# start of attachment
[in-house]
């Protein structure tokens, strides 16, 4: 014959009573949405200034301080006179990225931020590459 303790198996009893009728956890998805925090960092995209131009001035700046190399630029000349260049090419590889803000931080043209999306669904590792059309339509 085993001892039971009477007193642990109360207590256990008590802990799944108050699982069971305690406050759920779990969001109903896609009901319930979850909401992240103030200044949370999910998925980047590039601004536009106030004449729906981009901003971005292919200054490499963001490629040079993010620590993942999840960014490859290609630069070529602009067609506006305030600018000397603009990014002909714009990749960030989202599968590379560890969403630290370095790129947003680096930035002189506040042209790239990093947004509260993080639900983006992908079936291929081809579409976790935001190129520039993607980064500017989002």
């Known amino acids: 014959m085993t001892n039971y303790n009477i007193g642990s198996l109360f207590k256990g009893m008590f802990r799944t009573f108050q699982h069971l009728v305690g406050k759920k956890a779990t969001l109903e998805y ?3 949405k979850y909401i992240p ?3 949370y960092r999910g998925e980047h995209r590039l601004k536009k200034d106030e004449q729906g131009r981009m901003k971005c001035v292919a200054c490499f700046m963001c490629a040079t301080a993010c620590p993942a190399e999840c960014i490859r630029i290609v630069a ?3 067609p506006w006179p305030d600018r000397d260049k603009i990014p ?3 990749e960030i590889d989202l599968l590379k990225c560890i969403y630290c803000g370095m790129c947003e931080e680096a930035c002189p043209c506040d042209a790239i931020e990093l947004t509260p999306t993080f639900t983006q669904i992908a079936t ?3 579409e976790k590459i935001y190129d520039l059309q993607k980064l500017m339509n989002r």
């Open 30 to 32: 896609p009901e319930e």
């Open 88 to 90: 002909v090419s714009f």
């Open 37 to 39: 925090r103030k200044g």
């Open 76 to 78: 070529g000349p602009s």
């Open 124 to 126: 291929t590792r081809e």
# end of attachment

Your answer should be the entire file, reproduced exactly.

[in-house]
């Protein structure tokens, strides 16, 4: 014959009573949405200034301080006179990225931020590459 303790198996009893009728956890998805925090960092995209131009001035700046190399630029000349260049090419590889803000931080043209999306669904590792059309339509 085993001892039971009477007193642990109360207590256990008590802990799944108050699982069971305690406050759920779990969001109903896609009901319930979850909401992240103030200044949370999910998925980047590039601004536009106030004449729906981009901003971005292919200054490499963001490629040079993010620590993942999840960014490859290609630069070529602009067609506006305030600018000397603009990014002909714009990749960030989202599968590379560890969403630290370095790129947003680096930035002189506040042209790239990093947004509260993080639900983006992908079936291929081809579409976790935001190129520039993607980064500017989002």
């Known amino acids: 014959m085993t001892n039971y303790n009477i007193g642990s198996l109360f207590k256990g009893m008590f802990r799944t009573f108050q699982h069971l009728v305690g406050k759920k956890a779990t969001l109903e998805y ?3 949405k979850y909401i992240p ?3 949370y960092r999910g998925e980047h995209r590039l601004k536009k200034d106030e004449q729906g131009r981009m901003k971005c001035v292919a200054c490499f700046m963001c490629a040079t301080a993010c620590p993942a190399e999840c960014i490859r630029i290609v630069a ?3 067609p506006w006179p305030d600018r000397d260049k603009i990014p ?3 990749e960030i590889d989202l599968l590379k990225c560890i969403y630290c803000g370095m790129c947003e931080e680096a930035c002189p043209c506040d042209a790239i931020e990093l947004t509260p999306t993080f639900t983006q669904i992908a079936t ?3 579409e976790k590459i935001y190129d520039l059309q993607k980064l500017m339509n989002r």
């Open 30 to 32: 896609p009901e319930e």
């Open 88 to 90: 002909v090419s714009f």
């Open 37 to 39: 925090r103030k200044g």
């Open 76 to 78: 070529g000349p602009s």
């Open 124 to 126: 291929t590792r081809e």